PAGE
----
A month ago, almost to the day, Editor David Shadovitz posted this about a Utah State University professor’s study laying out specific behaviors to look for in top talent about to head out the door.
I thought the signs themselves, as revealed by researcher Tim Gardner, were interesting and deserve repeating. Employees about to leave, he found:
- Offered fewer constructive contributions in meetings;
- Were more reluctant to commit to long-term projects;
- Became more reserved and quiet;
- Became less interested in advancing in the organization;
- Were less interested in pleasing their boss than before;
- Avoided social interactions with their boss and other members of management; and
- Began doing the minimum amount of work needed and no longer went beyond the call of duty.
Now, thanks to this from Monster Worldwide, we have another dimension to offer up in this flight-detection protocol: playing hooky. Or at least playing “I have a doctor’s appointment.”
According to Monster’s global poll, based on votes cast by Monster visitors from Dec. 2 through 6 of last year, 44 percent of respondents consider telling their boss they have a medical appointment to be the best excuse to leave work for a job interview.
The second-most-popular choice for getting out of work to interview for other work is also health-related: saying they’re sick, weighing in at 15 percent. Of course, the way I see it, both excuses — especially the latter — requires some play-acting as well, so perhaps there are some additional behavior traits we can read between the lines.
There were other non-health-related excuses — childcare, at 12 percent, and delivery/repairman at 8 percent — but faking personal health challenges topped the chart.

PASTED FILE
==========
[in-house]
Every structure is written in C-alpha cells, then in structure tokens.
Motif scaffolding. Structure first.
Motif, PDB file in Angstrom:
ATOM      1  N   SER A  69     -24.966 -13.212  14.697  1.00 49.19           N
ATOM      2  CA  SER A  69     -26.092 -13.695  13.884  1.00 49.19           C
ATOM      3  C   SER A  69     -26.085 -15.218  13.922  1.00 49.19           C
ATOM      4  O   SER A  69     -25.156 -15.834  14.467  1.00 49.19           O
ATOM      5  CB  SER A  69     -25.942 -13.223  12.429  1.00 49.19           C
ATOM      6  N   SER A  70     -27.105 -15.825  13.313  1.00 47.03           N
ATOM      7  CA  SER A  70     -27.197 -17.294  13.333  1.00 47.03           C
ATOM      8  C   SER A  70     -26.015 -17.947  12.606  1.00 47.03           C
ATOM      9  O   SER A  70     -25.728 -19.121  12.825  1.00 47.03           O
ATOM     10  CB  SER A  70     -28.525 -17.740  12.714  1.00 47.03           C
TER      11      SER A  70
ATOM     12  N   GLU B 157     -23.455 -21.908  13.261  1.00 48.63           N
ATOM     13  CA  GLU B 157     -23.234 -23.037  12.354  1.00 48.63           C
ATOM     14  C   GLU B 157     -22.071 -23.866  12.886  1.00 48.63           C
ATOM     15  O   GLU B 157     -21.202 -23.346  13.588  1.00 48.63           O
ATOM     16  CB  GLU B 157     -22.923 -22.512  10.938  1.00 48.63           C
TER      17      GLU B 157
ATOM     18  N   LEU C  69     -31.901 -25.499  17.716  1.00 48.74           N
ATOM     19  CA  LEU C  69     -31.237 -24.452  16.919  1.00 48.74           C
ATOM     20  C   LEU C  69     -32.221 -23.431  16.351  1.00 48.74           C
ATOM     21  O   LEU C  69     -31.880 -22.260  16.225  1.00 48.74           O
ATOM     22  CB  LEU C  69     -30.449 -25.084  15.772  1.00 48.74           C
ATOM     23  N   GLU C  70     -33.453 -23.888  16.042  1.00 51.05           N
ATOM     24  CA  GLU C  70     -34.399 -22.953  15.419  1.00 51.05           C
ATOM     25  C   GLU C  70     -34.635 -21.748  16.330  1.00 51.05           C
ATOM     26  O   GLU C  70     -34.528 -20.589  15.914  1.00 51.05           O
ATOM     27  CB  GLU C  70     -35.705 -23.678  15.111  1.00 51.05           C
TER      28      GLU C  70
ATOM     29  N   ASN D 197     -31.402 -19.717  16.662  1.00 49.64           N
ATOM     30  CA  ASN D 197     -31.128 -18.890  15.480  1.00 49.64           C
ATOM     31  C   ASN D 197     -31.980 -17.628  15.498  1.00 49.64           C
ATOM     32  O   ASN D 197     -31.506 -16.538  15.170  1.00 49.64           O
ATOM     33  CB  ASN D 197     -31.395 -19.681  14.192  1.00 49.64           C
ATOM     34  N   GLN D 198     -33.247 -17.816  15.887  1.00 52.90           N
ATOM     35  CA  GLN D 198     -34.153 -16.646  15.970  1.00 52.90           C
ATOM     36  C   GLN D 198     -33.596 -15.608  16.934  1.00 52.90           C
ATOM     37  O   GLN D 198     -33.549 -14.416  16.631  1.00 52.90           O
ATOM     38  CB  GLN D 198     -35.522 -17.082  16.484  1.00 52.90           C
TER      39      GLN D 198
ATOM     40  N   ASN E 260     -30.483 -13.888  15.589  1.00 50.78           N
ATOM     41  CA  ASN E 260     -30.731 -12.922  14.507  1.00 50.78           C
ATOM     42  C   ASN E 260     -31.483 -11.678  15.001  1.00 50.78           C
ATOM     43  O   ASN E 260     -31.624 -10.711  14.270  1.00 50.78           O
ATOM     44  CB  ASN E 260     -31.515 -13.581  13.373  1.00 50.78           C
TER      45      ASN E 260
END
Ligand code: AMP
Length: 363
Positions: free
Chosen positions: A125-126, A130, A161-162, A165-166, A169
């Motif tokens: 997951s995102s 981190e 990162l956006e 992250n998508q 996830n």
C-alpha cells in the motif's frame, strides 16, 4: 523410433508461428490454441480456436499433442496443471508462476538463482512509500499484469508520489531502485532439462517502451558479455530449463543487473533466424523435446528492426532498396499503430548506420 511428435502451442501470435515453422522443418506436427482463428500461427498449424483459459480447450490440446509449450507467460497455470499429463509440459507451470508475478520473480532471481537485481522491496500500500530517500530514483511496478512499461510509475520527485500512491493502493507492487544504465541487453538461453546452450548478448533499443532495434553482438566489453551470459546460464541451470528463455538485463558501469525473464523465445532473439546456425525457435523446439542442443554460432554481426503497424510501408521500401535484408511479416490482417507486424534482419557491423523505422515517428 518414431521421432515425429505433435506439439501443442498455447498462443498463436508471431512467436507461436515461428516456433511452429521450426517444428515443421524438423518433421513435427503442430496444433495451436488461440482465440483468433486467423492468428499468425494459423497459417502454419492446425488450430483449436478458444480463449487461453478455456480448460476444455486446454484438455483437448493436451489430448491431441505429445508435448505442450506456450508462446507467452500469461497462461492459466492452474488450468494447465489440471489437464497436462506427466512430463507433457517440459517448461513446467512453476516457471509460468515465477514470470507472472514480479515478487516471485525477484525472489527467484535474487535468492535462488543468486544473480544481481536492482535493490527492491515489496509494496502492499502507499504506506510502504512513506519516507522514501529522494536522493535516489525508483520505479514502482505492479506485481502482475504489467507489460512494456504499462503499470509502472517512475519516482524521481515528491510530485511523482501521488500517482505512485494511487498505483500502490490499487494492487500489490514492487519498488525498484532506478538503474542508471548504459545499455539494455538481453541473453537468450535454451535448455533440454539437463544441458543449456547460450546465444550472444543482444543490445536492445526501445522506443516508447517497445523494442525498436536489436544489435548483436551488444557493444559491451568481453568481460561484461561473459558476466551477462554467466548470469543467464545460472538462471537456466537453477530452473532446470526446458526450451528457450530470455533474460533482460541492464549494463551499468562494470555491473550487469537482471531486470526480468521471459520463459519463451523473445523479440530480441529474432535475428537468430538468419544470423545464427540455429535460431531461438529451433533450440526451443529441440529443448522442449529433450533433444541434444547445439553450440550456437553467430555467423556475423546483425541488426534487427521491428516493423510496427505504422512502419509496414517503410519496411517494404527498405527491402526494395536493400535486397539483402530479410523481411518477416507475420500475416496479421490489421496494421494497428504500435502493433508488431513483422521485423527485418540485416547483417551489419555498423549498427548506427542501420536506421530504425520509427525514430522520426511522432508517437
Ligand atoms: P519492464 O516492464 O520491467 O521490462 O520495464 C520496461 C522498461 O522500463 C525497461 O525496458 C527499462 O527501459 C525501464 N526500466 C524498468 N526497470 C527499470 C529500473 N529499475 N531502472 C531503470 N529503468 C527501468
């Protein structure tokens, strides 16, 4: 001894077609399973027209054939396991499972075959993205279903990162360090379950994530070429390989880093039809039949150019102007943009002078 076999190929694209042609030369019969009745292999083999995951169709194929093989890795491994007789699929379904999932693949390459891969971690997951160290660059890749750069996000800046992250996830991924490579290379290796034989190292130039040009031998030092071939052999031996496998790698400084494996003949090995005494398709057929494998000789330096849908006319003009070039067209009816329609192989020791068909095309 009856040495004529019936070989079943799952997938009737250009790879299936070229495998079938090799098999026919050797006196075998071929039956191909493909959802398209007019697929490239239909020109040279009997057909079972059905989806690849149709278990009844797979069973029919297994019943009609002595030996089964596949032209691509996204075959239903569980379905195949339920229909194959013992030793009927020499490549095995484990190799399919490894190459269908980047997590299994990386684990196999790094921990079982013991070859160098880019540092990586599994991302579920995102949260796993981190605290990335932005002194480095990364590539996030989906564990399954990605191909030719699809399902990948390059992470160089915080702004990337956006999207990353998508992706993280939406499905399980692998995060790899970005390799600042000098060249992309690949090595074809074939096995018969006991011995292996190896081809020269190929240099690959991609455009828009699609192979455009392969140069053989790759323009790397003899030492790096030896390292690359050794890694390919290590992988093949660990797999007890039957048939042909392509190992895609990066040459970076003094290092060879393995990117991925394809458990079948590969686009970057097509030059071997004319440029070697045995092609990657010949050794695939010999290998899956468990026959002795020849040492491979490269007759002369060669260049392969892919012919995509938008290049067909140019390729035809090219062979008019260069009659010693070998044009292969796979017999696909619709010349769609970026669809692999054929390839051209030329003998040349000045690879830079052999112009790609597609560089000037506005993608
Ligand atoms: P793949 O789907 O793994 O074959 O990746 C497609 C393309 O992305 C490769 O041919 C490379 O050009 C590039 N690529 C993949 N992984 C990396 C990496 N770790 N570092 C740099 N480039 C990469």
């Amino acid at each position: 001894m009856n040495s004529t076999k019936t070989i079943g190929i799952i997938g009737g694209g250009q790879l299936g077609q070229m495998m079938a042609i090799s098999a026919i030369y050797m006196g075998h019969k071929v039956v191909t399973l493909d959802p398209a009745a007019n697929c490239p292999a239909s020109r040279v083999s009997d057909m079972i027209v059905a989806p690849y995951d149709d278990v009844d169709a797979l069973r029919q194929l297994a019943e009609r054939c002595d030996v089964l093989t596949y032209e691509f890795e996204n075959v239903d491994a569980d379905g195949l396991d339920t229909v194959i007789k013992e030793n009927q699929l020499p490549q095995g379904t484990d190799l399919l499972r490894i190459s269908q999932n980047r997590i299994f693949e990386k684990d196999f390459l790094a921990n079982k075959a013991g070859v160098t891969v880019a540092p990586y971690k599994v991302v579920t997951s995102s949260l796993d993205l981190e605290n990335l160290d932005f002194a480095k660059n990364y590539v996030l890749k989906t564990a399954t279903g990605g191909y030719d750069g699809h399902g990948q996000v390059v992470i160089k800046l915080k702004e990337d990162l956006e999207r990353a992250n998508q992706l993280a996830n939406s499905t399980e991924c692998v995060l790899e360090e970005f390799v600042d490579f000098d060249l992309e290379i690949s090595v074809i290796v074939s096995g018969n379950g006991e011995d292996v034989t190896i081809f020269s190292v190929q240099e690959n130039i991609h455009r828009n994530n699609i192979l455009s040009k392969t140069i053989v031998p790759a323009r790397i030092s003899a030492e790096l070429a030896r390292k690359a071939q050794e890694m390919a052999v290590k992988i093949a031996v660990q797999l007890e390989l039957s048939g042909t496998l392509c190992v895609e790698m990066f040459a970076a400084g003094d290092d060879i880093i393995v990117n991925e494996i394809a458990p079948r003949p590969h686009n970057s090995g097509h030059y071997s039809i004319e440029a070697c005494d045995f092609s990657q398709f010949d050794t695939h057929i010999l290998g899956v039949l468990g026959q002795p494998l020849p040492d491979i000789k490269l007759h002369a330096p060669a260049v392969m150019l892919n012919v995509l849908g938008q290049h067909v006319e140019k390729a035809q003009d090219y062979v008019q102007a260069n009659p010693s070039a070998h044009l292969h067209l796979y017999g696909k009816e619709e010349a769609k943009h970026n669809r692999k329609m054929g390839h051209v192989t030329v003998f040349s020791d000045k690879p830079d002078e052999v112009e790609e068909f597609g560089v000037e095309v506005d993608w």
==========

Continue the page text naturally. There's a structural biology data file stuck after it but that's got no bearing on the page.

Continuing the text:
Especially interesting, I thought, were the differences in faking forte by country. As the Monster release states:
French respondents are the most likely to create faux doctor’s appointments when sneaking out for interviews, with 54 percent answering that they believe it is the best excuse; conversely, French respondents are the least likely to fake an illness to excuse an interview-related absence, with only 7 percent selecting it as the best option. Respondents in the United States were the biggest proponents of the call-in-sick method, with 16 percent choosing illness as their preferred excuse. Canadian respondents were the least likely to use a delivery/repairman excuse, with under 7 percent selecting this option and were the most inclined to use a childcare-related excuse, with 16 percent picking this answer.”
Mary Ellen Slayter, a career-advice expert for Monster, says all employers ought to look at this as a reminder that “they have no choice but to be on both sides of this coin.”
“Making it easy for people to be honest is a good approach,” she says. “That means when you’re recruiting, make an effort to schedule interviews before or after work hours — or perhaps at lunch. With your own workers, don’t press them about how they’re spending their requested time off.”
As for what you’re supposed to do when you notice your top talent scheduling an inordinate number of doctor’s appointments, that’s anyone’s guess. I would think that might be a good time to start examining their engagement levels.